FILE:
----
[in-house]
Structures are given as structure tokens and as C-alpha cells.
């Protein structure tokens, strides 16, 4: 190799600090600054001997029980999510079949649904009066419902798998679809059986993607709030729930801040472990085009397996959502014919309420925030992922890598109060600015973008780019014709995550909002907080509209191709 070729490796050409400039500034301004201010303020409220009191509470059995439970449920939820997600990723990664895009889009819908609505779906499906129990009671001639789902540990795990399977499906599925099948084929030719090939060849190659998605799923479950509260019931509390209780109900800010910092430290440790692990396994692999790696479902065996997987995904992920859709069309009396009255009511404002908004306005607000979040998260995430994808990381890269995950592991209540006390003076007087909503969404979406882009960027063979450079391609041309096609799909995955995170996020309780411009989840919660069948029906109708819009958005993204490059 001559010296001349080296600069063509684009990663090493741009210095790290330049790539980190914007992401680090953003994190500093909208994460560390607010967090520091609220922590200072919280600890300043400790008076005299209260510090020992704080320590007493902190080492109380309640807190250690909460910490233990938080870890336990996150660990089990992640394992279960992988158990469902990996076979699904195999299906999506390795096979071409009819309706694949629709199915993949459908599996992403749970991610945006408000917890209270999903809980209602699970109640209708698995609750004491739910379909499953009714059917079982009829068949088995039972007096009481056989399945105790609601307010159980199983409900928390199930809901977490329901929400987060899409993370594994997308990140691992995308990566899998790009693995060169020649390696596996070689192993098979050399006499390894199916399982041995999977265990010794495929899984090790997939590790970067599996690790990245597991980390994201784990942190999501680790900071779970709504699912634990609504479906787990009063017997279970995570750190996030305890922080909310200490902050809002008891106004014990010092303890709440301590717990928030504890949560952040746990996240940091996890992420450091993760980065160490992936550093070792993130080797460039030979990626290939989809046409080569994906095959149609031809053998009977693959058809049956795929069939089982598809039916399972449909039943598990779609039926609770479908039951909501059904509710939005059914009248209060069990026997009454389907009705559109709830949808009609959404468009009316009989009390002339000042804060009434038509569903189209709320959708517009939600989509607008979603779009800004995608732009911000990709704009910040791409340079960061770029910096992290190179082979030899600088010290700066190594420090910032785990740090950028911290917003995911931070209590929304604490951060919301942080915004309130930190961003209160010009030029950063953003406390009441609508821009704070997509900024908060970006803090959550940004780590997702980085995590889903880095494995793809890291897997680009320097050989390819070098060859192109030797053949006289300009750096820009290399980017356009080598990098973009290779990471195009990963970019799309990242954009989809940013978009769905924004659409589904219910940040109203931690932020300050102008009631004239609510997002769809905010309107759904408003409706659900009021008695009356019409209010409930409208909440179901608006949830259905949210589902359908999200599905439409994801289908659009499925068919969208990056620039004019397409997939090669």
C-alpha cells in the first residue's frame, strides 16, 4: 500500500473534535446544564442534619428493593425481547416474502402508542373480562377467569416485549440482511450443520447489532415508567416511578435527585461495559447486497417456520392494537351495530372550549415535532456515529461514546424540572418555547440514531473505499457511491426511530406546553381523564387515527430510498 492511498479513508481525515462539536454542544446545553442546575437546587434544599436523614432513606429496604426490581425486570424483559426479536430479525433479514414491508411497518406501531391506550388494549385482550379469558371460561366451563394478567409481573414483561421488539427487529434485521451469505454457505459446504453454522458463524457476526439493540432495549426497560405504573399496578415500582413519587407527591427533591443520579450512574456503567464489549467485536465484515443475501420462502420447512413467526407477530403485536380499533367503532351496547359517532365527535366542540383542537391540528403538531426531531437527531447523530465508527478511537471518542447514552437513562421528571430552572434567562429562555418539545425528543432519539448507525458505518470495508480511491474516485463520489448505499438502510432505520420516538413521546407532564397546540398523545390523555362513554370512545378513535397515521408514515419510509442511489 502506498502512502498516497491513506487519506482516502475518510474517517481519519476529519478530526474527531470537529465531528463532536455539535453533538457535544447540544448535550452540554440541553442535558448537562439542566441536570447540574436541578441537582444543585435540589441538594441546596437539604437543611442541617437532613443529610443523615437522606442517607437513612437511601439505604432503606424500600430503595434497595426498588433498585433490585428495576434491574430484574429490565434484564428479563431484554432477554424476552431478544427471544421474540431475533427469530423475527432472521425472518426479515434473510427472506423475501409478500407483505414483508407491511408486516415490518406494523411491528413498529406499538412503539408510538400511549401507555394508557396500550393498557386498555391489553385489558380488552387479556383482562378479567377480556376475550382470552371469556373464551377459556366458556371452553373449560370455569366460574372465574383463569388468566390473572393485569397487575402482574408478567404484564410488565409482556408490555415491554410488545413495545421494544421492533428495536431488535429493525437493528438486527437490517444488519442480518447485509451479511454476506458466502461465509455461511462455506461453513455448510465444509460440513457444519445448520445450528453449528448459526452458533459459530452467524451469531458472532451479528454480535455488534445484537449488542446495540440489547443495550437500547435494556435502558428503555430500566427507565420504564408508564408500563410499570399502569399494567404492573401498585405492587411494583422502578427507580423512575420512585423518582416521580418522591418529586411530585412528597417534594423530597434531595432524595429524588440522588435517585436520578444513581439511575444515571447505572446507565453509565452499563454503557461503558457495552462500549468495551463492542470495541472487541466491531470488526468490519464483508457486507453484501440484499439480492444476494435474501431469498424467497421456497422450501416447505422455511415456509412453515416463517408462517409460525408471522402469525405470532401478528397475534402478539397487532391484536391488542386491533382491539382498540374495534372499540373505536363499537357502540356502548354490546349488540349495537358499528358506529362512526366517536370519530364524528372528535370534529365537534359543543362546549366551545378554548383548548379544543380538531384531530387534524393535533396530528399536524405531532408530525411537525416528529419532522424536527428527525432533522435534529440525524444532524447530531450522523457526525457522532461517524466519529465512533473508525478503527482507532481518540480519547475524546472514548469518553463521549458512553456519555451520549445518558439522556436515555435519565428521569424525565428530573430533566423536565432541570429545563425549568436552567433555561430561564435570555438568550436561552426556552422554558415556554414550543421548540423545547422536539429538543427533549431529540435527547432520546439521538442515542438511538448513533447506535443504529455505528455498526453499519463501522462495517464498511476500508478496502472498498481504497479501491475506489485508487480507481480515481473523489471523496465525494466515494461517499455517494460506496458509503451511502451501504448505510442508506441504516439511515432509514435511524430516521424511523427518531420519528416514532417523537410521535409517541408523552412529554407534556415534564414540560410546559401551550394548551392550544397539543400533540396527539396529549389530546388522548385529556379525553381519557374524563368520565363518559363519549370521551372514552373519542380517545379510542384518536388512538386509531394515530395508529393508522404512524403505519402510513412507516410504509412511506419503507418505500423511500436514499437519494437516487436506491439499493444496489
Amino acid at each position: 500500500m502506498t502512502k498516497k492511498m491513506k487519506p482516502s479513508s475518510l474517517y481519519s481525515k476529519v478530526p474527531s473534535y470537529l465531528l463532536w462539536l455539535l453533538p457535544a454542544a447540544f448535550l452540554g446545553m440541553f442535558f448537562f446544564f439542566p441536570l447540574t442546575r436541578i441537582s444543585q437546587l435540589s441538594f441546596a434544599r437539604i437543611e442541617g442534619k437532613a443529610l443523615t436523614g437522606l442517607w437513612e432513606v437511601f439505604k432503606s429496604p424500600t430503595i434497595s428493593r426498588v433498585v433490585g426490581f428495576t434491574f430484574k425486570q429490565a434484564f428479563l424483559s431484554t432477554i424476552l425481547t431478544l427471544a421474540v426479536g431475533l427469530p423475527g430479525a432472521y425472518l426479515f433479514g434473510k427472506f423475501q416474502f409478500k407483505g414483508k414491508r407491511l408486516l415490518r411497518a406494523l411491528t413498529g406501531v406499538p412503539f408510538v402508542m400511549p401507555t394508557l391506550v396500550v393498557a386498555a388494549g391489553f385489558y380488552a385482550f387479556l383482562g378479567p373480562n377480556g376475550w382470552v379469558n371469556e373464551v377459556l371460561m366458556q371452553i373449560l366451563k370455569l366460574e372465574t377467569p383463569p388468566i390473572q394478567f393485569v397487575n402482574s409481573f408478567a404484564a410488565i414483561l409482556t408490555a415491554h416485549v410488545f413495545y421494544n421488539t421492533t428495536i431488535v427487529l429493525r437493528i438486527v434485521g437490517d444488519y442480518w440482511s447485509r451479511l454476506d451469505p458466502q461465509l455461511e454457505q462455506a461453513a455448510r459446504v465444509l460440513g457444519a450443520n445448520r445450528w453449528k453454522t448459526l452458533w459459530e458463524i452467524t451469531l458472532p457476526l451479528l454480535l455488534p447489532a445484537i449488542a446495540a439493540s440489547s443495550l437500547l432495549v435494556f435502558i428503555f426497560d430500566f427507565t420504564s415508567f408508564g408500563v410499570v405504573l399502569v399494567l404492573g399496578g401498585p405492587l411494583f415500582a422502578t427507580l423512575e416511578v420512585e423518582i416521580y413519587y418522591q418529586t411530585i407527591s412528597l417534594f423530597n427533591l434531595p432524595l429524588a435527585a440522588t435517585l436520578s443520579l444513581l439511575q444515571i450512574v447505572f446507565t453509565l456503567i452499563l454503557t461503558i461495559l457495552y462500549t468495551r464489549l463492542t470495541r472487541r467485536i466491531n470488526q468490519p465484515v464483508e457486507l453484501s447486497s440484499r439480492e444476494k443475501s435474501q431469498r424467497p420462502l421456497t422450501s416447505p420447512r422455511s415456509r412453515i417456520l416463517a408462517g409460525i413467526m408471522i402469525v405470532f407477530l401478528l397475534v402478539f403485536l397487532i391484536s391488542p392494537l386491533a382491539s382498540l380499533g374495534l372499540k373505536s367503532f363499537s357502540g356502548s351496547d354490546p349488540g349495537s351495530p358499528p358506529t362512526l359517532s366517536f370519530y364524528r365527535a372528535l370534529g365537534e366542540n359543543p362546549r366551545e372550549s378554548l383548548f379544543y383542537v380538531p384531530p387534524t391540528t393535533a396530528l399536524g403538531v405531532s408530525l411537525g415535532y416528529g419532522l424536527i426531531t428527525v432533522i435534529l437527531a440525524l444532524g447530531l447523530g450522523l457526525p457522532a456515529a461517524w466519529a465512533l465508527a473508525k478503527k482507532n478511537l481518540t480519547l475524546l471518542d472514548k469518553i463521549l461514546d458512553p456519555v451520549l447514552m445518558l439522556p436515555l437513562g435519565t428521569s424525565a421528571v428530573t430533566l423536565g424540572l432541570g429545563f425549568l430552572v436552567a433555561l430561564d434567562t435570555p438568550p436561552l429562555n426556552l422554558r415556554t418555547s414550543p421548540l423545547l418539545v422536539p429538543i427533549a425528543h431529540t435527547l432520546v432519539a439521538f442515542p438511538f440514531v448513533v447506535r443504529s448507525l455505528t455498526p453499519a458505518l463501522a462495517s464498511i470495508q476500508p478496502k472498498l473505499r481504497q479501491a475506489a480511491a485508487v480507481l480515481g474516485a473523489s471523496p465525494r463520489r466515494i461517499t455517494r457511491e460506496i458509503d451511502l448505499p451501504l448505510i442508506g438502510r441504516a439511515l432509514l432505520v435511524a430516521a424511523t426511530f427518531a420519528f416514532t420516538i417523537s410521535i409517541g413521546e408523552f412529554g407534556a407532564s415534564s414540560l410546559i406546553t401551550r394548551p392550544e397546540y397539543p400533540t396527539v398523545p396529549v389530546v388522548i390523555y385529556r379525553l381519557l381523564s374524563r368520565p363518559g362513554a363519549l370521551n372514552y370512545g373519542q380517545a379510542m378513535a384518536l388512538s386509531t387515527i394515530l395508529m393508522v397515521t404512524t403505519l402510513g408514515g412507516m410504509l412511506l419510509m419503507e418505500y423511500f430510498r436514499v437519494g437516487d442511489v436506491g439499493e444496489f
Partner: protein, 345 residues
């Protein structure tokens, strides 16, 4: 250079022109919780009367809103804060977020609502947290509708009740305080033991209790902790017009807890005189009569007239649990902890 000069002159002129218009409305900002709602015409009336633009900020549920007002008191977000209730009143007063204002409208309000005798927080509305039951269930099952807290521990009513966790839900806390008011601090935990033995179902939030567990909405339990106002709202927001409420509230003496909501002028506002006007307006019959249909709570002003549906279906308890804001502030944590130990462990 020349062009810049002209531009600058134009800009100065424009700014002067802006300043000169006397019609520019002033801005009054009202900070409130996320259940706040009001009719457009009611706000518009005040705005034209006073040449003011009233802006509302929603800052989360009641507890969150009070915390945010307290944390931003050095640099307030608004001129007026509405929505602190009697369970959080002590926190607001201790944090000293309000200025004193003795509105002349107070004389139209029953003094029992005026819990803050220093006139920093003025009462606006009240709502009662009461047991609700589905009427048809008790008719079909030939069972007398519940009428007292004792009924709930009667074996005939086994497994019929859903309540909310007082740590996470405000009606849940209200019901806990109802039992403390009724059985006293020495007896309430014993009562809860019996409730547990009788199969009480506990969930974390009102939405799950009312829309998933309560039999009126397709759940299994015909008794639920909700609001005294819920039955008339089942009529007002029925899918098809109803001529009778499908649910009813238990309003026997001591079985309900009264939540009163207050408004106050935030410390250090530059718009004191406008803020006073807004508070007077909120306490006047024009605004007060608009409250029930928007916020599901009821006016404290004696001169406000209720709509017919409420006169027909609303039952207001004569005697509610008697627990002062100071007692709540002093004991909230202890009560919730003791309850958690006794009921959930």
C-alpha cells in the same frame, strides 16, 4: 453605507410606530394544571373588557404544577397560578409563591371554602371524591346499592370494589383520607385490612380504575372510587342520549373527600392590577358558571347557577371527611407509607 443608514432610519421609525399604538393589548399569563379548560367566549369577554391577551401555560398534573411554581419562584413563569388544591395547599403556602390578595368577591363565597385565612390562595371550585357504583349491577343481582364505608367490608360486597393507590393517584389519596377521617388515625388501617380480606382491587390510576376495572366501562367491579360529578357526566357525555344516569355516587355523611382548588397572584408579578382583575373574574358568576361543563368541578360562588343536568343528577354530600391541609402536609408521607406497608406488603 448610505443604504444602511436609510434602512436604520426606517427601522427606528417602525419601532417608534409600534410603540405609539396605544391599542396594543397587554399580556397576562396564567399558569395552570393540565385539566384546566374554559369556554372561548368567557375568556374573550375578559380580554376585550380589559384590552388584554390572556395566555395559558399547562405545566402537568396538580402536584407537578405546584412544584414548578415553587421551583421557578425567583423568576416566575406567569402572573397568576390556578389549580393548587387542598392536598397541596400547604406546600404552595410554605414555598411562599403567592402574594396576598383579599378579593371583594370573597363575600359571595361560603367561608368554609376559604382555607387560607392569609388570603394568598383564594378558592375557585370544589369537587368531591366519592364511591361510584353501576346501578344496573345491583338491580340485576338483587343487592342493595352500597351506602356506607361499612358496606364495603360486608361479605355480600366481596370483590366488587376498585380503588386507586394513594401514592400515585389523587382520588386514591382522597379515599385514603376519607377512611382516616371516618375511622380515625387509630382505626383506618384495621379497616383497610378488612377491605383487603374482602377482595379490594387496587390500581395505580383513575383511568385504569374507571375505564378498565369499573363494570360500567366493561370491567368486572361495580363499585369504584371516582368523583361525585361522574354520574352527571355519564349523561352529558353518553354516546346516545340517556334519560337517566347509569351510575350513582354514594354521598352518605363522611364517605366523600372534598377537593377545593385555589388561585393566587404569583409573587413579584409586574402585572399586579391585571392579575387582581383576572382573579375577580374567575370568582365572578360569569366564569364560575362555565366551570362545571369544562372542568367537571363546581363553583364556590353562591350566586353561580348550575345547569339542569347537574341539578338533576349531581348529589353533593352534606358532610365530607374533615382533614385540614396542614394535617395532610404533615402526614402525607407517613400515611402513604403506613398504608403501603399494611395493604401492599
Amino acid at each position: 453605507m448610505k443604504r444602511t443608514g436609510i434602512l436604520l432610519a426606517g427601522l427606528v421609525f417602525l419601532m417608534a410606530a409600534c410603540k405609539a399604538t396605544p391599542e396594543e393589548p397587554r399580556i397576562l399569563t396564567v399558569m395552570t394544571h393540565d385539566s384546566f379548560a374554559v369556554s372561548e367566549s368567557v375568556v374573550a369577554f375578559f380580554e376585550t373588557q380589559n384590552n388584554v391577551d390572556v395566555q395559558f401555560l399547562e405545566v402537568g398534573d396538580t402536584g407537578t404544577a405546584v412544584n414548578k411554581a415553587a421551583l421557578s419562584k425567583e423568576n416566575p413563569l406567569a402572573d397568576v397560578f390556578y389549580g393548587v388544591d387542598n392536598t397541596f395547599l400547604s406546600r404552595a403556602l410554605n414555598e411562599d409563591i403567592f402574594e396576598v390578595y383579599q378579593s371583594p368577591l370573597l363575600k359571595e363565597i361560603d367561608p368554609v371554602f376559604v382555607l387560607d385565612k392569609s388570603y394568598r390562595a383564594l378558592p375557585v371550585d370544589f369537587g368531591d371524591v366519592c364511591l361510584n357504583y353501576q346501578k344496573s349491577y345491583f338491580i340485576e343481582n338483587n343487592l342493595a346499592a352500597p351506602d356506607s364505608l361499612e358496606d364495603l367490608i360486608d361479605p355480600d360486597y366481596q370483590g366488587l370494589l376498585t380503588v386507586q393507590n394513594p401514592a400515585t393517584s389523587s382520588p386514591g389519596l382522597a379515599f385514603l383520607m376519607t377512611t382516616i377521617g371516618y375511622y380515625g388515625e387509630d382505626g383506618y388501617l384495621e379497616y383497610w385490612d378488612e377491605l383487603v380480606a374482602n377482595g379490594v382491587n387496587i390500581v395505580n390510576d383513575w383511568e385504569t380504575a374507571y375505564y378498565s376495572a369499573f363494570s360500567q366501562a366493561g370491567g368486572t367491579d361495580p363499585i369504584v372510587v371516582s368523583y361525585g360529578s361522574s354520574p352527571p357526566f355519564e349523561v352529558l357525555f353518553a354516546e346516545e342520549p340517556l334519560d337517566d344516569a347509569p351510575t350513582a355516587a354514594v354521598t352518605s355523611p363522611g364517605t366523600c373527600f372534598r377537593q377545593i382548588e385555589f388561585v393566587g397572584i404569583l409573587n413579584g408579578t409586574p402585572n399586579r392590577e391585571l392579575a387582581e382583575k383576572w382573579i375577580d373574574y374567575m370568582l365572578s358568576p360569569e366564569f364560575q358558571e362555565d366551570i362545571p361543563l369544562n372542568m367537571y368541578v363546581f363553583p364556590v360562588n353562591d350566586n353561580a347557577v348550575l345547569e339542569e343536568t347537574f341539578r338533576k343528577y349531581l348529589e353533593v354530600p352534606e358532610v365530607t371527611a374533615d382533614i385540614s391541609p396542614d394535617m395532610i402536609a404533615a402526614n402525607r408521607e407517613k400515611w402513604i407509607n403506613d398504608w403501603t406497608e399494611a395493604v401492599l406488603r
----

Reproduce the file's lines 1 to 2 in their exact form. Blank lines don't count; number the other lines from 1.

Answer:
[in-house]
Structures are given as structure tokens and as C-alpha cells.